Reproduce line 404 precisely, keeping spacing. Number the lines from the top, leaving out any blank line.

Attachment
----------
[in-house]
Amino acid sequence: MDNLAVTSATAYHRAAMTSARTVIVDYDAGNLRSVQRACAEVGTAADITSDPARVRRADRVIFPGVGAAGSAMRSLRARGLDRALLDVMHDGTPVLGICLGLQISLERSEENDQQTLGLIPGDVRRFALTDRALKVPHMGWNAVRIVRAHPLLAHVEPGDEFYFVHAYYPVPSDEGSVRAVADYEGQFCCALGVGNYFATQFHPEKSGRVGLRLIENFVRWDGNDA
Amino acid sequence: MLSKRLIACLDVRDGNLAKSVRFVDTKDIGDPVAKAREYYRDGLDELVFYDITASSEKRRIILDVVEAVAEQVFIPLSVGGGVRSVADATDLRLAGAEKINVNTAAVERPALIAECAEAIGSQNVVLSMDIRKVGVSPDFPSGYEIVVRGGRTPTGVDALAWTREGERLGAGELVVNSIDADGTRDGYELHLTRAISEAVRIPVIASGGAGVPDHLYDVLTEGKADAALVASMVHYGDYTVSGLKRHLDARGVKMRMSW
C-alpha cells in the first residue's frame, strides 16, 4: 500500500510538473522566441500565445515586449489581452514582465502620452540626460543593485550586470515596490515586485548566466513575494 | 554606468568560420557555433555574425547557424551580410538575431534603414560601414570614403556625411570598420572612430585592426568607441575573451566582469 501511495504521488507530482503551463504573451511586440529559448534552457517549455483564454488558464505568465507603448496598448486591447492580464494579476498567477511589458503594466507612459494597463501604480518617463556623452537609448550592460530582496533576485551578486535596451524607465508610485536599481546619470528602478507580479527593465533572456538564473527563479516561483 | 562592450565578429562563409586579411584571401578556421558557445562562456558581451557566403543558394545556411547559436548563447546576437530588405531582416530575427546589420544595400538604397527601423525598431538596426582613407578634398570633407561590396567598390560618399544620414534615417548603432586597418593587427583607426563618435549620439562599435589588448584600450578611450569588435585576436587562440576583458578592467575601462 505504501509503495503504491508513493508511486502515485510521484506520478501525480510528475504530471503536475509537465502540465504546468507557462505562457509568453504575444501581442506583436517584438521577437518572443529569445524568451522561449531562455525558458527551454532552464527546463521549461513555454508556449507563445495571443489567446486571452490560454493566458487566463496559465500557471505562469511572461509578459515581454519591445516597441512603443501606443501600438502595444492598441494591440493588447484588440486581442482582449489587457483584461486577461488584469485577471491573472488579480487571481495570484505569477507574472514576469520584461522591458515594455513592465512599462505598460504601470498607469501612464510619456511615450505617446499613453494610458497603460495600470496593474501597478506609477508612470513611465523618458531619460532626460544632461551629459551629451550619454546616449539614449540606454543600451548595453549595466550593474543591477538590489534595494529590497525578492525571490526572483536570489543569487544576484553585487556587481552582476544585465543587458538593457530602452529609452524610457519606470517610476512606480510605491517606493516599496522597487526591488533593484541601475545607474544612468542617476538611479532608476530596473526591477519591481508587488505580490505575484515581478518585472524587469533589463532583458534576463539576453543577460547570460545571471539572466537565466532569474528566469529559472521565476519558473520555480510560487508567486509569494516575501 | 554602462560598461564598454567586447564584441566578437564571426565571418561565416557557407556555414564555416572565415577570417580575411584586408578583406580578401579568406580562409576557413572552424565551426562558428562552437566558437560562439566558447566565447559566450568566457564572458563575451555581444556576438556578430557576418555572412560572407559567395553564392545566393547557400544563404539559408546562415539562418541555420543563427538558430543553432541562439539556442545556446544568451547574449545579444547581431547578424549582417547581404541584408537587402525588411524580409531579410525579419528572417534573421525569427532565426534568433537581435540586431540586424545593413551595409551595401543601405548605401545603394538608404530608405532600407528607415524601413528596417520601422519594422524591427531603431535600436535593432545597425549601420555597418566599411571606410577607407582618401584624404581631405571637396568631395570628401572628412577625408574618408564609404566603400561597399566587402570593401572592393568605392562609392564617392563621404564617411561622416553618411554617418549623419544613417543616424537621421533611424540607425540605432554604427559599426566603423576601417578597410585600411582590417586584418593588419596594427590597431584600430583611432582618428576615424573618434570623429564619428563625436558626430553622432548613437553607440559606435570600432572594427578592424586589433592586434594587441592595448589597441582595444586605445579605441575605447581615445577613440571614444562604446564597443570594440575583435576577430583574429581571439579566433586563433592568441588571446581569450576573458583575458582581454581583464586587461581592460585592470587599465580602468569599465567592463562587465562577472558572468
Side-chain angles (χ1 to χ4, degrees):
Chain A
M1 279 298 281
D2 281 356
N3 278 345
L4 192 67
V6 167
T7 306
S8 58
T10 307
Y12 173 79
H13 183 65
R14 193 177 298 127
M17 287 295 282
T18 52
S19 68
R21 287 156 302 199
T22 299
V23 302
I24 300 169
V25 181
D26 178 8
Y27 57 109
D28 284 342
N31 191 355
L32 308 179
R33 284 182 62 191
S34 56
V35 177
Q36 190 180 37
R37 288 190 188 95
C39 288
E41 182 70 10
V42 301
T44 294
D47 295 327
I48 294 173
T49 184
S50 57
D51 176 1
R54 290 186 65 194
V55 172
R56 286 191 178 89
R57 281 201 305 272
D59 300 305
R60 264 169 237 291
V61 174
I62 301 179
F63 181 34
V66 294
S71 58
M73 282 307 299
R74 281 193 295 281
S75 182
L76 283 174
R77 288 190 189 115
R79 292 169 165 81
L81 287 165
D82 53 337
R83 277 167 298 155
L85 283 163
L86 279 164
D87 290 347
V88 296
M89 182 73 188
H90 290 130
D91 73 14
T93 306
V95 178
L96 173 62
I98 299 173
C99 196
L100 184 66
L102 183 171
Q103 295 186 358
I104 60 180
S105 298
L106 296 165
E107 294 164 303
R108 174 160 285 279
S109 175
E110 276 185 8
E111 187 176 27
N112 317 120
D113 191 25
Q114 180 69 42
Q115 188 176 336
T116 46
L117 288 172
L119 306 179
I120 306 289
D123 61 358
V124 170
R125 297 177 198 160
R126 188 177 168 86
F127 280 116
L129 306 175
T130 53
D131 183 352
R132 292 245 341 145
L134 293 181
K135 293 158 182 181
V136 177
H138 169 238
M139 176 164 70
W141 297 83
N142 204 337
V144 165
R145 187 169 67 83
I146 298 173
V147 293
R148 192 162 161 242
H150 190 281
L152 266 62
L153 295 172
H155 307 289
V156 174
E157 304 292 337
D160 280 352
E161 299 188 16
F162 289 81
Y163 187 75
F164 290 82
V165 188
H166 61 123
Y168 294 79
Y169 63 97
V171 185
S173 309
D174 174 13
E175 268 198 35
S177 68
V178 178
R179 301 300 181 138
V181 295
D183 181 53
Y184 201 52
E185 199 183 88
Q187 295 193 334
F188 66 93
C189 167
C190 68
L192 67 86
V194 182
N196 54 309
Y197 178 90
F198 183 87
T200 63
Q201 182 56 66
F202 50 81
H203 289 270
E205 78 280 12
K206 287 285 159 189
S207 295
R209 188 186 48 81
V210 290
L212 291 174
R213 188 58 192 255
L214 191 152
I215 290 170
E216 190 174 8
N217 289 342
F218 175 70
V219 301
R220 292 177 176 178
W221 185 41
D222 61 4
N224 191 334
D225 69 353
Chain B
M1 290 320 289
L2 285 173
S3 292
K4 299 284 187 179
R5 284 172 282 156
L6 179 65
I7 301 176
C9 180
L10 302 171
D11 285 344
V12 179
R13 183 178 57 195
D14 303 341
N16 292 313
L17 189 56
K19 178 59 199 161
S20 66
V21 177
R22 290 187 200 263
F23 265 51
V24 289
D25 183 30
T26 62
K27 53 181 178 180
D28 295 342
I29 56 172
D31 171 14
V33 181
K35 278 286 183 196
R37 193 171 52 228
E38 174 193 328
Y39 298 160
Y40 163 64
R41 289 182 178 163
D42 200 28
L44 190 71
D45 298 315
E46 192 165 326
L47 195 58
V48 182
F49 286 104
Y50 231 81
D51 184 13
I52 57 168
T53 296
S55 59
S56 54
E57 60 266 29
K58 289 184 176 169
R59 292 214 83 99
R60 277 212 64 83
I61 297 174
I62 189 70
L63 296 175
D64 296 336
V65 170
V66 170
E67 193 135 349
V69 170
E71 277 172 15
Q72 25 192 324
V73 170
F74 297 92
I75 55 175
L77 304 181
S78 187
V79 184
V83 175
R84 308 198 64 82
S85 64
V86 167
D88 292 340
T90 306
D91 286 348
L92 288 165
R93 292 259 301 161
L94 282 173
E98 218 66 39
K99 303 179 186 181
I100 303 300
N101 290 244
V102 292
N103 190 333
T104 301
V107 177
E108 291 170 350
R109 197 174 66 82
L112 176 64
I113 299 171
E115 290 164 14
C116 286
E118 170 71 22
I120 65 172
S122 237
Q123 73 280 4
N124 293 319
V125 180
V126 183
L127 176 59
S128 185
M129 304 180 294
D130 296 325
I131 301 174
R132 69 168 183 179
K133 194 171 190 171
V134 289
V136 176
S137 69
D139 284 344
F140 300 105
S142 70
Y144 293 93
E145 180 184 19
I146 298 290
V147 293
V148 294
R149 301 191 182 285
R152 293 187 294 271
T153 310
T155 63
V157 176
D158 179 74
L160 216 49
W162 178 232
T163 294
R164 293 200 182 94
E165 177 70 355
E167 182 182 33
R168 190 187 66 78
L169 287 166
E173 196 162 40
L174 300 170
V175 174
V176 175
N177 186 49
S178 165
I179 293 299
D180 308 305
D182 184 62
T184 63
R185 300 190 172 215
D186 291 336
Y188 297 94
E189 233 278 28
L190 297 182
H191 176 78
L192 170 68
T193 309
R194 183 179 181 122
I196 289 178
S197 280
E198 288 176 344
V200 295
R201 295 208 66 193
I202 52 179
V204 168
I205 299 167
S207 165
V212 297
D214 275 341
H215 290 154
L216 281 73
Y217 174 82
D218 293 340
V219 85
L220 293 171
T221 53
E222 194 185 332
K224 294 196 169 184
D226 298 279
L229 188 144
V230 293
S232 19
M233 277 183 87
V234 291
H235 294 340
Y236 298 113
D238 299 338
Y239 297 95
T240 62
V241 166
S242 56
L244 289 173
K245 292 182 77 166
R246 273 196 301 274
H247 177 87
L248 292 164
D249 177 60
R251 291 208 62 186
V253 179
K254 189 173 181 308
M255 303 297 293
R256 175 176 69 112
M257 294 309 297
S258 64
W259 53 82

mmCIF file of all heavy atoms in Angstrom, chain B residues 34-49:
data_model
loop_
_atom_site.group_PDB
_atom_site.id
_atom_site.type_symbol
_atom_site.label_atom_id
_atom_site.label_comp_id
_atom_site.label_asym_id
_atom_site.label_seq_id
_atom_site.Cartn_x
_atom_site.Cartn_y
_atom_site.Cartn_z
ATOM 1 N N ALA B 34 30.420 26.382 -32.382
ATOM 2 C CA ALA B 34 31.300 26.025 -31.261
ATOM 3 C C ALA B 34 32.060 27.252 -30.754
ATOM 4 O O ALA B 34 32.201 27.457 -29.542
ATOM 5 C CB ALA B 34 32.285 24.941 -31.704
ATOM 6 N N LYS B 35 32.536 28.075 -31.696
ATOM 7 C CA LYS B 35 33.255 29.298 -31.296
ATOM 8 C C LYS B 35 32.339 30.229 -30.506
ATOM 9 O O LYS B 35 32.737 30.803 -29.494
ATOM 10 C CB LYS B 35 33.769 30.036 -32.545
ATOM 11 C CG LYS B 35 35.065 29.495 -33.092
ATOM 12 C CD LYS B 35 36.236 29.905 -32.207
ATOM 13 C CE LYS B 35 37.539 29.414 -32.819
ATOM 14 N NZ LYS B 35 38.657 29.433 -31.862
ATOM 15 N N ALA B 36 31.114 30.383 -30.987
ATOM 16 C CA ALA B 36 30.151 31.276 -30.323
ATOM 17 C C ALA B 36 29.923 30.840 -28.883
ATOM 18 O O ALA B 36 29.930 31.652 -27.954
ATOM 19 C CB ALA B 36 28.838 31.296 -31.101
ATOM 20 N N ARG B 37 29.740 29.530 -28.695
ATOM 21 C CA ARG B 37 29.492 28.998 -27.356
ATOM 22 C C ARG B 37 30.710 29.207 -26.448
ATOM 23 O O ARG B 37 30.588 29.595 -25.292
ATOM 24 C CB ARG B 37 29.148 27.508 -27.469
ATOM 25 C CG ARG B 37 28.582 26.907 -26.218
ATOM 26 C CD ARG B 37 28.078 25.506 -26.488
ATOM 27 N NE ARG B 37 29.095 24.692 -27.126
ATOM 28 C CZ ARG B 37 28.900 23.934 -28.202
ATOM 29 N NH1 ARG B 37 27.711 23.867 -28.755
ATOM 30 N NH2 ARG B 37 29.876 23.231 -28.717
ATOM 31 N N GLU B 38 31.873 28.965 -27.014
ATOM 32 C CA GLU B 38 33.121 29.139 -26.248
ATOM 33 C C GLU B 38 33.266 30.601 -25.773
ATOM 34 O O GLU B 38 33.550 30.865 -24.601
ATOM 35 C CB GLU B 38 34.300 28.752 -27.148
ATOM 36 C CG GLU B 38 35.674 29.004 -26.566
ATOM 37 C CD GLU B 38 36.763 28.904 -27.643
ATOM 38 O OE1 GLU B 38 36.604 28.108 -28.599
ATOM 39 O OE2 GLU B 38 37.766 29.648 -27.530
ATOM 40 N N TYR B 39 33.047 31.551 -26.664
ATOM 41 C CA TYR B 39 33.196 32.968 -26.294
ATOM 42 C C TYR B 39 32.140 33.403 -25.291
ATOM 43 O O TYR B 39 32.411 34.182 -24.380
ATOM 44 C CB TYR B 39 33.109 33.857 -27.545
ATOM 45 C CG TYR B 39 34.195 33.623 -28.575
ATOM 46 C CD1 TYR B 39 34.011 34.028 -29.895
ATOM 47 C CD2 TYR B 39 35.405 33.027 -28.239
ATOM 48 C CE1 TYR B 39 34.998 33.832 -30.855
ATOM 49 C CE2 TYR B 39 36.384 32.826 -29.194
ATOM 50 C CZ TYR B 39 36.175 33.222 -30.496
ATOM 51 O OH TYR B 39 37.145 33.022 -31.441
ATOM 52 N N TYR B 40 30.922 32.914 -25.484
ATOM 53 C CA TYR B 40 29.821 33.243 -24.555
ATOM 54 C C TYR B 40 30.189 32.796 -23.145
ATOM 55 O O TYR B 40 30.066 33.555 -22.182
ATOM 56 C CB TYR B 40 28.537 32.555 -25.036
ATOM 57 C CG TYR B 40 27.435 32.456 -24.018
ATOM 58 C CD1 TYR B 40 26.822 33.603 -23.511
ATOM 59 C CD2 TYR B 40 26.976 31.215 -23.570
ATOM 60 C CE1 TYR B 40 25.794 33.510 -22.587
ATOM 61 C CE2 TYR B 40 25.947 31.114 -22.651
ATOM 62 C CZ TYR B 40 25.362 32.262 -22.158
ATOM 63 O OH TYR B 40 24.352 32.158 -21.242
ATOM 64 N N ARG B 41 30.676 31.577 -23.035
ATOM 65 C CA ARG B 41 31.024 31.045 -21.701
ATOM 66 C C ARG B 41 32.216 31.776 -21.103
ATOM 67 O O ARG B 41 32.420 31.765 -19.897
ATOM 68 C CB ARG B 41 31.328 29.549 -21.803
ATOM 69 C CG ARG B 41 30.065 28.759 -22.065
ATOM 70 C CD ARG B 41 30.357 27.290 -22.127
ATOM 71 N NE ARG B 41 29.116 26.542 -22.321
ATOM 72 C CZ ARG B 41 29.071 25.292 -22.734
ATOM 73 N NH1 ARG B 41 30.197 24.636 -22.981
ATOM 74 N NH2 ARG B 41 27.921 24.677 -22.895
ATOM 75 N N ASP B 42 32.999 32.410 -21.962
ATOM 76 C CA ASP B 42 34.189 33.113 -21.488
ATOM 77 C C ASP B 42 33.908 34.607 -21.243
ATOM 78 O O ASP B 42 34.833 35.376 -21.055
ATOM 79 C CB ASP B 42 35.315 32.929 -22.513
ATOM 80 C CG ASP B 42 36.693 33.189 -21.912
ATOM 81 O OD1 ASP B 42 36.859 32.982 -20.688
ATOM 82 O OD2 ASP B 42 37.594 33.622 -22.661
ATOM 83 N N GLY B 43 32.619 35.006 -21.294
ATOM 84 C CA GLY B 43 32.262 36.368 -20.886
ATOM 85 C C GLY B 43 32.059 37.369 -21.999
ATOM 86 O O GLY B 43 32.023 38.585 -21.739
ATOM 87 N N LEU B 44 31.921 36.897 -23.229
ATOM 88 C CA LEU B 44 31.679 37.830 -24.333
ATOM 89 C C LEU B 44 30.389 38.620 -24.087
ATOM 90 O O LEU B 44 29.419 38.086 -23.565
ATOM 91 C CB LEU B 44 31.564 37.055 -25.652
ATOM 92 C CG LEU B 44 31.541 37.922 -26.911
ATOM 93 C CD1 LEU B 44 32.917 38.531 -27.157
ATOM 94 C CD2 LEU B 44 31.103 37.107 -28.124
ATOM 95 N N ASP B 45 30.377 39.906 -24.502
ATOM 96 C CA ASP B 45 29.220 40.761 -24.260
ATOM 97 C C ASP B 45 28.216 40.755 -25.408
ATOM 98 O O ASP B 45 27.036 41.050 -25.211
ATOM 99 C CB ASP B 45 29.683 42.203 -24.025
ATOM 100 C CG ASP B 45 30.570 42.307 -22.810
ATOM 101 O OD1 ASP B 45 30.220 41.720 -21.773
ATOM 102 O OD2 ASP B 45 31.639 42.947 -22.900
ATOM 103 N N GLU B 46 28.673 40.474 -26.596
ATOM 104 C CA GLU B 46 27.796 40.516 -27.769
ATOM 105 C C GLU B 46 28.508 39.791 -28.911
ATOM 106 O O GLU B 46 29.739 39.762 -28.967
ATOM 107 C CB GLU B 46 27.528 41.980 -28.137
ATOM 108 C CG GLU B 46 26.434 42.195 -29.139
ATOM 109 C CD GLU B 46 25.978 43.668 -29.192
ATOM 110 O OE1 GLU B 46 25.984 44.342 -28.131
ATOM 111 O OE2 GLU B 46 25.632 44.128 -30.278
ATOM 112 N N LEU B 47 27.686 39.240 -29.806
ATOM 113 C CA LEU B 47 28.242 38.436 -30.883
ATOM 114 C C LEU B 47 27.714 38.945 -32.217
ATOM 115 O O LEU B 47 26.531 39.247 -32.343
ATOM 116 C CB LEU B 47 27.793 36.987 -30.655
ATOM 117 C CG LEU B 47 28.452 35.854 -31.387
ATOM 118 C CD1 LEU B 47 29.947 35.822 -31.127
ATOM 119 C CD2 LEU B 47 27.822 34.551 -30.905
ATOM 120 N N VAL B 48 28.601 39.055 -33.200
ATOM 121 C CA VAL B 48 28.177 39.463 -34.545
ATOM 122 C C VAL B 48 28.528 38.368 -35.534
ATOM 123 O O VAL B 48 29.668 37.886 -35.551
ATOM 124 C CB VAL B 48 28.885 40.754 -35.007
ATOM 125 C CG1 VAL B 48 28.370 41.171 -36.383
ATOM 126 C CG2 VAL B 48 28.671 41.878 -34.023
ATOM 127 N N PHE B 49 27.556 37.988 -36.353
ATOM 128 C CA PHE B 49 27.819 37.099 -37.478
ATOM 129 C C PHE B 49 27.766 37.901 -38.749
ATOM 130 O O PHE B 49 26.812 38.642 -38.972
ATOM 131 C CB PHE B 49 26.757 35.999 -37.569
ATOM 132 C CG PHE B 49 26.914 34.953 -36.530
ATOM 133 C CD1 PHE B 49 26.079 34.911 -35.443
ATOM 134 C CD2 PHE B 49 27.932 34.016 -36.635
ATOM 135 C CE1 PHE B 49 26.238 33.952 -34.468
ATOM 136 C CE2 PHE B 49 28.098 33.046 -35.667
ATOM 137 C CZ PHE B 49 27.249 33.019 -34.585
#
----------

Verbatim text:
ATOM 21 C CA ARG B 37 29.492 28.998 -27.356